"Once we get into our 60s we have done a lot of looking after children and scrimping and saving through the years. I was married for 13 years and had three small children by the age of 33 when my husband went off with a 17-year-old. I did not stay at home I retrained at College and did reception/secretarial work and looked after my three children until they grew up. I loved seeing the grandchilden and looking after them occasionally but you should not 'have' to look after them whilst their parents work or go out. It's not an obligation it should be a pleasure. Of course we all love our grandkids but do not get taken for granted. Old age comes aches and pains and sometimes little ones are just too much. We've done our time with struggling with little ones on buses or in shops. Let the parents have all the pleasure that we had. Bet they wont want to extend to having more of the same when they're old."

"I will be giving up work soon to look after my 6 month old grandchild as my daughter HAS to return to work. I am nearly 66 years old and so looking forward to looking after her. Hopefully, she will keep me young and fit. I don't feel it's a sacrifice at all. Hard work, maybe. That what Mum's do for their children... no matter how old they are!"

"I work 34 hrs a week. I have rheumatoid arthritis and kidney problems. I do all my sons washing and some of my daughters. I cook a couple of meals a week for the whole family. I have my 2yr old grandaughter one long day in the week and do a school and playgroup run plus other baby sitting duties when needed. And do you know what? I bloody love it. Every minute. Its the reason I get up in the mornings. I think you're selfish."

"Just be thankful you have a grandchild to look after. Many people would love to be in that position but are denied the privilege!"

" I took on the care of my 2 grandchildren 16 years ago they are now adults but when they came to me I was going through a divorce and had to go to full time work to support me and my daughter it was hard work but they were my family so there really wasn't a choice. My daughter's little boy is now 5 and because they live quite a distance away I have missed much of his babyhood and toddler years that won't come back but I enjoy what time I spend with him and would gladly give up 1 day a week to have enjoyed that time."

"My husband and I are both 65, we have recently moved hundreds of miles to be by our granddaughter. We love her so much we only used to see her every few months it was an awful wrench to say goodbye to her, so when my husband retired we upped sticks and moved down south. She is nearly four I am disabled but we mind her all day one day a week she keeps us on our toes she never stops but we wouldn't have it any other way, so glad we can see her more often."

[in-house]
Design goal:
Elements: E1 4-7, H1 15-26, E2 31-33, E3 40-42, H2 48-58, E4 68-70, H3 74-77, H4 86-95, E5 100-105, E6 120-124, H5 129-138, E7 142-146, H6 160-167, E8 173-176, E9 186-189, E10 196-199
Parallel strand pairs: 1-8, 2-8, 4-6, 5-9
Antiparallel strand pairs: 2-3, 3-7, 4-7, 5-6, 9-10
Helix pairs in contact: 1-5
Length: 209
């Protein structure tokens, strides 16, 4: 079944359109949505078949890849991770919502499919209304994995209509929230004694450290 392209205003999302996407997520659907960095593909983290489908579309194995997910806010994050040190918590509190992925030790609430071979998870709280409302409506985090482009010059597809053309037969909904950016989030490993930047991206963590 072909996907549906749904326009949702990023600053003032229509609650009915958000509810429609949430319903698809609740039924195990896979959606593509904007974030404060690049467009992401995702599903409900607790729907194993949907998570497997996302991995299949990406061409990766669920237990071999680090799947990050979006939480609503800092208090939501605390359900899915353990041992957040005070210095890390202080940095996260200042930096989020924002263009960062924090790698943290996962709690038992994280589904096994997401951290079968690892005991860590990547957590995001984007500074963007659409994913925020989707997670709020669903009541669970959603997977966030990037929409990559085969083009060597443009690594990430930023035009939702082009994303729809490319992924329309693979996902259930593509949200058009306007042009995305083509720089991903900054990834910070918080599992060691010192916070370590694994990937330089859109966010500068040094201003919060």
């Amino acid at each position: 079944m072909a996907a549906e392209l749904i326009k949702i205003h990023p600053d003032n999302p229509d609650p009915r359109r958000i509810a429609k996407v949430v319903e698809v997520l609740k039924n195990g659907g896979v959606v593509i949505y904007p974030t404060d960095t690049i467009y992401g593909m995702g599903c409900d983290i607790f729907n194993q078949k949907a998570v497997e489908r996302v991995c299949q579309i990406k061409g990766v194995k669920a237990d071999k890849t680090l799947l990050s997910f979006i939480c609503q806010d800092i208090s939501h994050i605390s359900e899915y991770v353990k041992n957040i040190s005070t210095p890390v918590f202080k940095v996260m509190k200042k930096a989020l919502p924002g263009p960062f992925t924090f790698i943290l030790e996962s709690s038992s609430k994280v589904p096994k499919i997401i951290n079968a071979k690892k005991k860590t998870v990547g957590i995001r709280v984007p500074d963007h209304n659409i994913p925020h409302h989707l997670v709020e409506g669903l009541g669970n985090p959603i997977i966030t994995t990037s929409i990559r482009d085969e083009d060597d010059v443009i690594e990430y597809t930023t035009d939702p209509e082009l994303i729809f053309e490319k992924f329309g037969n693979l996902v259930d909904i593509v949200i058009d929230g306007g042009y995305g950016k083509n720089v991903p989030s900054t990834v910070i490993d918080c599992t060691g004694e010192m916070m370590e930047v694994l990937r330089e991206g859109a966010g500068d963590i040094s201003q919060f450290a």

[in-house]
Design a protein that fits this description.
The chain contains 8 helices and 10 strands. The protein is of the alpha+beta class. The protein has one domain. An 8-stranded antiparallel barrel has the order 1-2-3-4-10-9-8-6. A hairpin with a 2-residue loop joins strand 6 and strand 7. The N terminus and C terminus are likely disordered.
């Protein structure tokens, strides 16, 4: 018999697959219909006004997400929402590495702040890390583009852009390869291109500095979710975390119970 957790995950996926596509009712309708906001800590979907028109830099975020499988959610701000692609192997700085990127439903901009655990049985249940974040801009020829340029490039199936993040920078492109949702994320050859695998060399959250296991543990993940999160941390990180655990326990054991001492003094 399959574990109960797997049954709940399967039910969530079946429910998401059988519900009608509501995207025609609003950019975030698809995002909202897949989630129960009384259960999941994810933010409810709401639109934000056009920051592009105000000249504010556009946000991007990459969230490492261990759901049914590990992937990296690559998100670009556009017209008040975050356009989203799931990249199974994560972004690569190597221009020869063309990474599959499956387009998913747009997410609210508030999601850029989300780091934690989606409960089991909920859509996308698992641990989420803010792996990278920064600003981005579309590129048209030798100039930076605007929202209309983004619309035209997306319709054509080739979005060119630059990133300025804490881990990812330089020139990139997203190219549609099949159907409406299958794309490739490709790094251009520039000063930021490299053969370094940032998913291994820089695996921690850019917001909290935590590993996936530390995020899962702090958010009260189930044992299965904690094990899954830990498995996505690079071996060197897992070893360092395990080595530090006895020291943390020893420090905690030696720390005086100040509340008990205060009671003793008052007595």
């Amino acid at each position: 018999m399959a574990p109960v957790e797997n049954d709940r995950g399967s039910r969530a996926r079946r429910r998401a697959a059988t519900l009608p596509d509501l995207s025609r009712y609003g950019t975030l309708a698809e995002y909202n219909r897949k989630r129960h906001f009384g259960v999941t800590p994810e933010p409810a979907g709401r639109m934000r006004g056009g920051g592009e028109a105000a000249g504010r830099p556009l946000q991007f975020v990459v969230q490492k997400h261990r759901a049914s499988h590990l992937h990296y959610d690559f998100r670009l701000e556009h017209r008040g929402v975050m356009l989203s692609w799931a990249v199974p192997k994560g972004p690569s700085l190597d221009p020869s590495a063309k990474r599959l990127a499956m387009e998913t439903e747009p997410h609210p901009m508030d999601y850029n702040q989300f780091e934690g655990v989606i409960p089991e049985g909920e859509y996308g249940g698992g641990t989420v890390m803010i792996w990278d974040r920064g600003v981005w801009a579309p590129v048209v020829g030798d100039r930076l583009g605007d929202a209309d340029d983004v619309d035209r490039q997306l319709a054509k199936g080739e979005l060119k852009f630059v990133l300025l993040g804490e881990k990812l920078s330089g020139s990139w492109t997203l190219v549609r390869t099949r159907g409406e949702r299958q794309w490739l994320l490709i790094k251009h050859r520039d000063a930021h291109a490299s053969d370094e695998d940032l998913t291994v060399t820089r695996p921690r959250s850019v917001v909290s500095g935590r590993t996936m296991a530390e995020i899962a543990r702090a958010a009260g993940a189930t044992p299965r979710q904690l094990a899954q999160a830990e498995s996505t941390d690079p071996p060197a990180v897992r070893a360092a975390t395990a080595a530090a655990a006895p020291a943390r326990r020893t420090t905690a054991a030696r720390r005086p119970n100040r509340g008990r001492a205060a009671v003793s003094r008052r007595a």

"Just say (as I did) sorry, but now I'm retired I have so many other things I wish to do. You won't have as close a relationship with your grand children, but looking back I am glad I stuck to my guns. Good luck."

"Life is about the next generation, where would I have been if my own mother didn't help out! There was six grandchildren and she had every one of them. Rock the grannies."

"I think women have a right to do as they please. Not everyone is obsessed with children, and you are not obliged to do it no matter how much pressure you get from people who think sacrificing their own lives for their perfectly capable grown up children is somehow noble."

" I don't think there's any way around not hurting your son or making him feel discriminated against. That's exactly what you're saying - "I'm still fit to work, but you and your child aren't as important as my other children and their kids were." It's your choice - nobody says you have to do it, but I think if you don't, you're going to cause a world of hurt that will never be undone."

"Omg if only you could walk in my shoes for a week. I have a 35 old son who lost his legs due to septicemia with two sons who's mother is a mother from hell drink drugs u name it my daughter walked out of her marriage with no explanation and is now living with a non desirable partner and has just lost two babies in early pregnancy please stop moaning over stupid things when it comes too to your family!"

"I would love to have grandchildren to love and spoil, but sadly it will never happen."

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The opinions expressed are those of the author and are not held by Saga unless specifically stated. The material is for general information only and does not constitute investment, tax, legal, medical or other form of advice. You should not rely on this information to make (or refrain from making) any decisions. Always obtain independent, professional advice for your own particular situation.